Ever since the emergence and rapid spread of severe acute respiratory syndrome coronavirus (SARS-CoV) in southern China in 2002, scientists have considered coronaviruses to be a potential threat to humans.
Another member of the coronavirus family, namely, Middle East respiratory syndrome coronavirus (MERS-CoV), showed high transmission and mortality rate; however, it did not spread across the world.
In late December 2019, severe acute respiratory syndrome coronavirus-2 (SARS-CoV-2) was first reported in Wuhan, China, which, subsequently, caused the ongoing coronavirus disease 2019 pandemic, responsible for claiming more than 5.53 million lives worldwide to date.
Study: Acriflavine, a clinically approved drug, inhibits SARS-CoV-2 and other betacoronaviruses. Image Credit: Warah38 / Shutterstock
Several COVID-19 vaccines have received emergency use authorization (EUA) from global regulatory bodies, and, subsequently, vaccination programs have commenced in the majority of the countries across the world. However, vaccinating the world’s population is not an easy task due to vaccination hesitancy and shortage in vaccine availability.
Additionally, the emergence of SARS-CoV-2 variants has posed a threat to vaccine effectiveness. Therefore, scientists have highlighted an urgent need for effective antivirals to protect individuals from SARS-CoV-2 infection.
Furthermore, as the development of a novel drug is a time-consuming process, repurposing existing drugs with known safety profiles offers an efficient option for COVID-19 treatment.
Researchers have proposed that a set of antivirals could be identified and used against SARS-CoV-2 in combination, similar to the combination treatment used for HIV-1.
Scientists have identified the genomic sequences of several structural and non-structural proteins of SARS-CoV-2. Among these, cysteine proteases, namely, Mpro (nsp5) and PLpro (nsp3) were found to be essential for the virus’s replication.
Even though many studies are available that have focused on identifying Mpro inhibitors, not much evidence is available regarding the identification of the PLpro inhibitor. However, previous studies have highlighted that PLpro is essential for viral protein maturation.
Additionally, this protease is involved with the attenuation of type I interferon response. These studies indicate that PLpro could be used as a potential therapeutic target.
A New Study
A new study, published in the journal Cell Chemical Biology, has reported the discovery of acriflavine (ACF), an effective inhibitor of SARS-CoV-2. This drug is a mixture of trypaflavines (3,6-diamino-10-methylacridinium chloride and 3,6-diamino-3-methylacridinium chloride) and proflavine (3,6-diaminoacridine). It has been utilized for the treatment of many diseases that include urinary tract infections, sleeping sickness, and gonorrhea.
ACF has been clinically tested against HIV and was also administered in doses up to 100 mg daily for several months to patients. Although the chemical structure of ACF indicated possible DNA intercalation and liver toxicity, no adverse effect was observed in the clinical study.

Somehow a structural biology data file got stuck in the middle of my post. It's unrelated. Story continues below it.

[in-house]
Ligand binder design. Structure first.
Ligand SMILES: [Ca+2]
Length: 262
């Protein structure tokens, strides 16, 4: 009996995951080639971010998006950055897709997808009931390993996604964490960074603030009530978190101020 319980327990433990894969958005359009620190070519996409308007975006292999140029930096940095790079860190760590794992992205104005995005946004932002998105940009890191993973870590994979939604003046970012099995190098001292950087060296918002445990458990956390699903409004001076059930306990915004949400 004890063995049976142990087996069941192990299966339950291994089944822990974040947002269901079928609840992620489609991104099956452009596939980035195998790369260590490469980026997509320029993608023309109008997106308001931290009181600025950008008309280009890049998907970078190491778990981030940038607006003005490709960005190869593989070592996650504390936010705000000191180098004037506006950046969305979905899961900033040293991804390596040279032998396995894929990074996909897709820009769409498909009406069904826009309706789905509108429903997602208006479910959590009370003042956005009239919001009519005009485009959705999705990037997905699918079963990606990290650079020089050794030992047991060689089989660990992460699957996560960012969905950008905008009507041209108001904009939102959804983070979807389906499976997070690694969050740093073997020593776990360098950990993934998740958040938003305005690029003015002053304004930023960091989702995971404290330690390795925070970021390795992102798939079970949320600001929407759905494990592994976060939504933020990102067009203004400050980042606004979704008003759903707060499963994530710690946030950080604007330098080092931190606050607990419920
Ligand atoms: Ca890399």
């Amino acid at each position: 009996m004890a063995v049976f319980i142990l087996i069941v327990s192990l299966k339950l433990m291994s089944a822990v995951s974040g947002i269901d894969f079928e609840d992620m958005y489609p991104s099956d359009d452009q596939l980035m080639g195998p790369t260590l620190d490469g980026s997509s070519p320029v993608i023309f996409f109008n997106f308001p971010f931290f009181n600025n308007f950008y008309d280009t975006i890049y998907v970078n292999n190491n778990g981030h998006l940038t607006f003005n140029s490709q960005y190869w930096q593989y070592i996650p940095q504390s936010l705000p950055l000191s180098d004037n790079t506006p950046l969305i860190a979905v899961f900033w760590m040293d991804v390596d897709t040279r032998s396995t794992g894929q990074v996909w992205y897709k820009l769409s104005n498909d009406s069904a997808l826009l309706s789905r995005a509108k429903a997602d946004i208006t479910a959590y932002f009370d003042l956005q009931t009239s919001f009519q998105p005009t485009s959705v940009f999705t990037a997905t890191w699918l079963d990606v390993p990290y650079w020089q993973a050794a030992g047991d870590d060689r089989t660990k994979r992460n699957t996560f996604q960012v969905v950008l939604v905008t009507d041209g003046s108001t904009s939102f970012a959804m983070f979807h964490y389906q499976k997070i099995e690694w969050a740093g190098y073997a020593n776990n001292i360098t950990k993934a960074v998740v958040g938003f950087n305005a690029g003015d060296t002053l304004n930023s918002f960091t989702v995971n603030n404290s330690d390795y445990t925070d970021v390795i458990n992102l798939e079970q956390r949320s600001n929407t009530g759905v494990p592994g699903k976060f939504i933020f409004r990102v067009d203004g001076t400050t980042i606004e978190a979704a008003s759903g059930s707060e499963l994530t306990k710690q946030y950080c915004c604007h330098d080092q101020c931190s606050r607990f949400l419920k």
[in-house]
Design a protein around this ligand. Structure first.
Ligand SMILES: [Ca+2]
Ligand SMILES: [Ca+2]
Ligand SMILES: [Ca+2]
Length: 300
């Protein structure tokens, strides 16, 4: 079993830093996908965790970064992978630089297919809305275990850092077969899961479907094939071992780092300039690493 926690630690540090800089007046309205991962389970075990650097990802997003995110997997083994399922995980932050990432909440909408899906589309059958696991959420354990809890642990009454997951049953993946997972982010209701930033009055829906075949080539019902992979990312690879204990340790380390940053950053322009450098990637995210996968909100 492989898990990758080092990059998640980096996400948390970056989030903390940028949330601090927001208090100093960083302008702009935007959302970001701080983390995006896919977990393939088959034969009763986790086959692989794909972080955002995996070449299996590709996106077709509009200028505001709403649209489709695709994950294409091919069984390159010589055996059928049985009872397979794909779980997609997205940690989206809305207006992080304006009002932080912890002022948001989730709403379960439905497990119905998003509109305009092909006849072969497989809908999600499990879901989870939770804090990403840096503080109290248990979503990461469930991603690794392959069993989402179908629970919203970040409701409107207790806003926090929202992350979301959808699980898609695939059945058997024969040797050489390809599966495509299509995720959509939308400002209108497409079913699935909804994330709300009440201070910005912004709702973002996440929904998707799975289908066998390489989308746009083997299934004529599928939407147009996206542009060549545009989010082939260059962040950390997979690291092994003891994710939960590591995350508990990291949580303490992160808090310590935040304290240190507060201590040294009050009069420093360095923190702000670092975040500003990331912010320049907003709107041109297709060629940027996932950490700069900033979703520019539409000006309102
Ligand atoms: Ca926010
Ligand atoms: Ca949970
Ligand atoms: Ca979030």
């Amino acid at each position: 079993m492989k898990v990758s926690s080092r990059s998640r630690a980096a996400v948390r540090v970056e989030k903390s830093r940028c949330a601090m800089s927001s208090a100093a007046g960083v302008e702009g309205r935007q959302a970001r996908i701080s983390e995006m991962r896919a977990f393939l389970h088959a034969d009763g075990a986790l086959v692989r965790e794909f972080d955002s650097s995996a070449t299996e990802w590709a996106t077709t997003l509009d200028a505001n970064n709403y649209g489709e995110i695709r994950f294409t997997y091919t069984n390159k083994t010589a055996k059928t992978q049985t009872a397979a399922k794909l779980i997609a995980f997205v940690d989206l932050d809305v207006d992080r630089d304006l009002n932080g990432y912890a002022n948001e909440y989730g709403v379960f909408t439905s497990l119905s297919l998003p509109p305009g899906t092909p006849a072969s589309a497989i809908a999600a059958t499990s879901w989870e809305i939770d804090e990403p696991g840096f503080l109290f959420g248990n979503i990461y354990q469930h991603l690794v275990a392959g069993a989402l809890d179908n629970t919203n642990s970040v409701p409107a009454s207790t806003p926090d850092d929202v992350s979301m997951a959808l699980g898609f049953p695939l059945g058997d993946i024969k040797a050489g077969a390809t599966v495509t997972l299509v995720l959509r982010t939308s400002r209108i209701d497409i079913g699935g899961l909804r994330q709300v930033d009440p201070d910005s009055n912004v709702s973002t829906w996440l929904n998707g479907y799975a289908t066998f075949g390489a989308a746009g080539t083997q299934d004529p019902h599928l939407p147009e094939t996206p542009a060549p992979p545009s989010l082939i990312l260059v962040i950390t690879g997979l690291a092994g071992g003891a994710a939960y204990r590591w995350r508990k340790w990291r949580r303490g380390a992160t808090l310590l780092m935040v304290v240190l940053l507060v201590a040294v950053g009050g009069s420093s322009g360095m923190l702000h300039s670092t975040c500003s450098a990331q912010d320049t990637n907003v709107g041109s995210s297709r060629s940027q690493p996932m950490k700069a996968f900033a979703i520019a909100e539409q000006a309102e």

In some countries like Brazil, ACF is available as an over-the-counter medicine for urinary tract infections. In Japan, ACF is used as one of the components of mouthwash recommended for children. Several studies have shown that ACF could be used alone or in combination with other drugs, without any significant side effects.
The authors of this study revealed that ACF could inhibit SARS-CoV-2 PLpro and, thereby, it can be used as a potential COVID-19 therapeutic.
The structural characterization of ACF, using X-ray crystallography and NMR, revealed the mode of action of the drug. Scientists reported that this drug inhibits the active site of the enzyme with an exceptional binding mode. PLpro modulates the ISGylation pathway, which acts as a viral defense mechanism to inhibit normal protein translation. Importantly, inhibition of PLpro interferes with virus protein maturation as well as activates the host cellular defense mechanisms to fight COVID-19 infection.
In vitro experiments have also shown that ACF blocks SARS-CoV-2 infection. Additionally, infection was also found to be suppressed ex vivo in human airway epithelium (HAE) cultures and in the in vivo experiments using a mouse model. These studies showed that ACF possesses excellent pharmacokinetics upon oral delivery. The authors reported that ACF can inhibit PLpro at a low nanomolar range in all tested models. They further revealed that the activity of ACF exceeds GRL-0617.
Importantly, this study has shown the efficiency of ACF against betacoronaviruses, such as MERS-CoV and HCoV-OC43, that have the potential to develop pandemics. However, ACF was not found to be effective against other genera of the Coronaviridae family (alphacoronaviruses).
Some of the major benefits of using ACF to treat SARS-CoV-2 infection are its low cost and easy accessibility. ACF could inhibit PLpro of SARS-CoV-2 at a low-nanomolar IC50 and has shown good SI in all tested models.
The authors proposed that ACF could be used as a combination therapy along with remdesivir in inhibiting viral replication. This treatment could be immensely beneficial for the treatment of older adults infected with SARS-CoV-2.